Winslow is a former All American tight end from the Miami Hurricanes from 2001-03 and played 9 seasons in the NFL, including three with the Buccaneers from 2009-11. He was the sixth overall pick by the Browns in the 2004 draft and is the son of former Chargers great and Hall of Fame inductee, Kellen Winslow.
Winslow’s lawyers ask the court to delay sentencing on his four convictions until the eight new charges can be resolved. They say they plan to appeal those convictions.
Florida follows California’s lead on paying college athletes
California is blue. Florida is red. The two states now share the same outlook on college athletes gaining more green.
In late September, California’s Democratic governor, Gavin Newsom, signed Senate Bill 206, allowing college athletes to profit from sales of their name, image and likeness, and to retain scholarships even while signing endorsement deals with companies and earning added income.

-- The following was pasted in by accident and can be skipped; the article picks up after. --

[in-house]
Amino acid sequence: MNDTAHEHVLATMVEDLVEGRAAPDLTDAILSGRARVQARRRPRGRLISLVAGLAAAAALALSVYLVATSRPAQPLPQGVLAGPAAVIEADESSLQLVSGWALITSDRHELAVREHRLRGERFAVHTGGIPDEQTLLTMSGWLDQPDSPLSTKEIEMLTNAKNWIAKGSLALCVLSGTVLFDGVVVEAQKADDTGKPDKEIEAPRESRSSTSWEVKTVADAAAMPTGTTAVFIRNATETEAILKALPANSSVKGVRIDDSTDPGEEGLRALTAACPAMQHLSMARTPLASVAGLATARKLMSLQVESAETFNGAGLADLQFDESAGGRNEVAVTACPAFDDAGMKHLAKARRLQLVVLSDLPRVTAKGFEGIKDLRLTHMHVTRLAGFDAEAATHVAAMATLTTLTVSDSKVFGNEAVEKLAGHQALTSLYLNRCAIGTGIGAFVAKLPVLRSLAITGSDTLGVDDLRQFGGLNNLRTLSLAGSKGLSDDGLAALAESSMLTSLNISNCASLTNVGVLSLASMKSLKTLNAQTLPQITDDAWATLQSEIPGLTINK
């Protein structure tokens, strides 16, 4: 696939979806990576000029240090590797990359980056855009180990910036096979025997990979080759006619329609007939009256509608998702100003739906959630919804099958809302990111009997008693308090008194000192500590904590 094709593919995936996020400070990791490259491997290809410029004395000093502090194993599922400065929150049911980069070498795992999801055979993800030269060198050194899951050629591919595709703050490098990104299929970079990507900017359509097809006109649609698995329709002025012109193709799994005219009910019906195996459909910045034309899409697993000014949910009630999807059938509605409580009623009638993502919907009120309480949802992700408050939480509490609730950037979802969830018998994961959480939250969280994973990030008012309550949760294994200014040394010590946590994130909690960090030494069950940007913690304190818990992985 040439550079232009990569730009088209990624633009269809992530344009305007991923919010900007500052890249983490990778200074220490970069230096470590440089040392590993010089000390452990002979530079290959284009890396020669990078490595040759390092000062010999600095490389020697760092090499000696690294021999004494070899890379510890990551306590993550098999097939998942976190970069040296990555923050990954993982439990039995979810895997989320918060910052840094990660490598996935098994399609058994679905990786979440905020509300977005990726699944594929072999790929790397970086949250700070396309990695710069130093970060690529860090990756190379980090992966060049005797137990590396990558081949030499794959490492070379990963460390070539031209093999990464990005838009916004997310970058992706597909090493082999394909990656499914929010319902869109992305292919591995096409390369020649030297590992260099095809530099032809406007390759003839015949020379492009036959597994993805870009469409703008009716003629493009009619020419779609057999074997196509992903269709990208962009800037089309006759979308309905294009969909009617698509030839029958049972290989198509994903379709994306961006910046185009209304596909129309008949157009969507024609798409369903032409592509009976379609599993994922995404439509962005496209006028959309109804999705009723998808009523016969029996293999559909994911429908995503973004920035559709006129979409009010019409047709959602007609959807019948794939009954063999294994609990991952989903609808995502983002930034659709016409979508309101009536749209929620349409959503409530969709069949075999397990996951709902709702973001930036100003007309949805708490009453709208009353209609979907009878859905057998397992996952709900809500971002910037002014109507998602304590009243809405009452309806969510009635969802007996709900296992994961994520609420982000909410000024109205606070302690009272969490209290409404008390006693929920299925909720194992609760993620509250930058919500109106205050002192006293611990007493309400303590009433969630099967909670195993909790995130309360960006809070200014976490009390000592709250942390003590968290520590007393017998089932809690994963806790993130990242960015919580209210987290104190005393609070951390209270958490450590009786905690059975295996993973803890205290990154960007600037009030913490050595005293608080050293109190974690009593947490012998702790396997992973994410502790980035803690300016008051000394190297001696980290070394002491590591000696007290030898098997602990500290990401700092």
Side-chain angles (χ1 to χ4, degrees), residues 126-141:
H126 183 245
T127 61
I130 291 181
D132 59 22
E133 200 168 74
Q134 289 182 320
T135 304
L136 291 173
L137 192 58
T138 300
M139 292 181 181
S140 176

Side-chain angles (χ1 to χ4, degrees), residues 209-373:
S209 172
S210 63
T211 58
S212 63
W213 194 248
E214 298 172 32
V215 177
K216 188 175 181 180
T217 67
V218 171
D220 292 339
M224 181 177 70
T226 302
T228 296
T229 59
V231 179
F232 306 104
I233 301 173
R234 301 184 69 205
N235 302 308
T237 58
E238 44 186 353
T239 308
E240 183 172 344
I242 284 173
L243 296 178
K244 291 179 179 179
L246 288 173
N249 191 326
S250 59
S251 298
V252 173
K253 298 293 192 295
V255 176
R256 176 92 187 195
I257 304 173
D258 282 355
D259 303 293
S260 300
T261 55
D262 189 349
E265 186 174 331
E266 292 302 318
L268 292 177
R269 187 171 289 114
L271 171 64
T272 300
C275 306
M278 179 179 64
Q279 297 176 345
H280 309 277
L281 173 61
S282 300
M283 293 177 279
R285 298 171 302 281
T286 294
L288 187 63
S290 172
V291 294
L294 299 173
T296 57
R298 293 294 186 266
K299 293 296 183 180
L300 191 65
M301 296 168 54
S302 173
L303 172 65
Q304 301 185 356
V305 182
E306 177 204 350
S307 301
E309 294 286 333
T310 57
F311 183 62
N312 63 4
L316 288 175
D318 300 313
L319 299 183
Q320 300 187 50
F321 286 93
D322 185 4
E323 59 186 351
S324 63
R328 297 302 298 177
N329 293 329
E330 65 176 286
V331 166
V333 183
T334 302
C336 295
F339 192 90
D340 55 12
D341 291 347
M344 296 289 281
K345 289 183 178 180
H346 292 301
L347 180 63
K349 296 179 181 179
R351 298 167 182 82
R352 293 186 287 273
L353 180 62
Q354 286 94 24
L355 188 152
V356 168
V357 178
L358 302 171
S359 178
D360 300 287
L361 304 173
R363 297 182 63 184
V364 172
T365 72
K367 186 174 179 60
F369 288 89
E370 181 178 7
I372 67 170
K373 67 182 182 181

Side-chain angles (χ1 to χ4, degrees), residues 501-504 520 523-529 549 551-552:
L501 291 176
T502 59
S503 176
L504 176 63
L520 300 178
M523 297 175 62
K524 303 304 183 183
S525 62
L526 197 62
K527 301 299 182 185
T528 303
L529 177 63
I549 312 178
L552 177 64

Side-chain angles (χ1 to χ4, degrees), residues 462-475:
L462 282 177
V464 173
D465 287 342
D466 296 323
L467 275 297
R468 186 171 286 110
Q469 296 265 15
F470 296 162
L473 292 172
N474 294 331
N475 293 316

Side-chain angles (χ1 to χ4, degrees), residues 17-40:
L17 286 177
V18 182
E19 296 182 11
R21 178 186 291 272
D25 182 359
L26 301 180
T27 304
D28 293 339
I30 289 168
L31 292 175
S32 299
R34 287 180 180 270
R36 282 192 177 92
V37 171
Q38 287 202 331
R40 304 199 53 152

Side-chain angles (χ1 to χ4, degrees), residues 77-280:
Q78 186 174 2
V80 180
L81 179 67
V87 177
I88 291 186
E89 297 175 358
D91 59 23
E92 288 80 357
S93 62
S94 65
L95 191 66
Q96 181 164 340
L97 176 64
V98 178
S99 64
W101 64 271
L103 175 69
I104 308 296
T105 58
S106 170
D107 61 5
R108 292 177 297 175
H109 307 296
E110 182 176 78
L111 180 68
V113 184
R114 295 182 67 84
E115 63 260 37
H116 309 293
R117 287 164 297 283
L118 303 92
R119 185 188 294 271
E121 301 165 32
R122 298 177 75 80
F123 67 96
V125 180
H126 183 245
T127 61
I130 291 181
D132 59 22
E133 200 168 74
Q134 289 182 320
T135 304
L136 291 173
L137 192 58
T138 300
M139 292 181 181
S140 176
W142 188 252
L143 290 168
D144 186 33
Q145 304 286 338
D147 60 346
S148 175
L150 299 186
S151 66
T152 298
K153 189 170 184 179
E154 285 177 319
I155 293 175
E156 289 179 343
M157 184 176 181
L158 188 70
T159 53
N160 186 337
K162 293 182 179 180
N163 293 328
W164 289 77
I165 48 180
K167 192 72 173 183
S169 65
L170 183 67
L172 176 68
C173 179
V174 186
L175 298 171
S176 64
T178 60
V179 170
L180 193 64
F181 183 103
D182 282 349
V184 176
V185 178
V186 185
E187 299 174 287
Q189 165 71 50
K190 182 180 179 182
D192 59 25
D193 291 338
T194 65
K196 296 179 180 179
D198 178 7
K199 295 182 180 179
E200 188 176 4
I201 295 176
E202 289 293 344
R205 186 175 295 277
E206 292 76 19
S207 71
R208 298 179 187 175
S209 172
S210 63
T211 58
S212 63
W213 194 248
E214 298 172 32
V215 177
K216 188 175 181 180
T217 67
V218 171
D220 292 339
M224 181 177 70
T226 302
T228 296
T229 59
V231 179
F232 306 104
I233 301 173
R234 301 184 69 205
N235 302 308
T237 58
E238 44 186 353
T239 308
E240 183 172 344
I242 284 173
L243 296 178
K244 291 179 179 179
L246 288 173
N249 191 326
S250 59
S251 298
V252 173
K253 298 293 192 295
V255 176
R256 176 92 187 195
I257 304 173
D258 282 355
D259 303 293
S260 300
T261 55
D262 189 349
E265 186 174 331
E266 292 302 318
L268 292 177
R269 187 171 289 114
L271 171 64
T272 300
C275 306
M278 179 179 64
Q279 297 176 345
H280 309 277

The legislation does not allow schools to directly pay athletes, but it does enable athletes to venture into commercial activity, effective in 2023. The NCAA has a few years, then, to adjust to the current reality. So far, it has opposed SB 206.
Would another state – especially a high-profile one with a large recruiting pool – follow California’s lead? Florida, though led by a Republican governor, has done just that.
On Thursday, as reported by Emily Mahoney of the Tampa Bay Times, Florida Governor Ron DeSantis announced his support of legislation to enable college athletes to profit off their name, image and likeness.
It is significant that a big recruiting-magnet state such as Florida joined California. It is also significant that a Republican governor expressed (rare) agreement with deep-blue California’s efforts, creating a bipartisan dimension to support for this particular policy.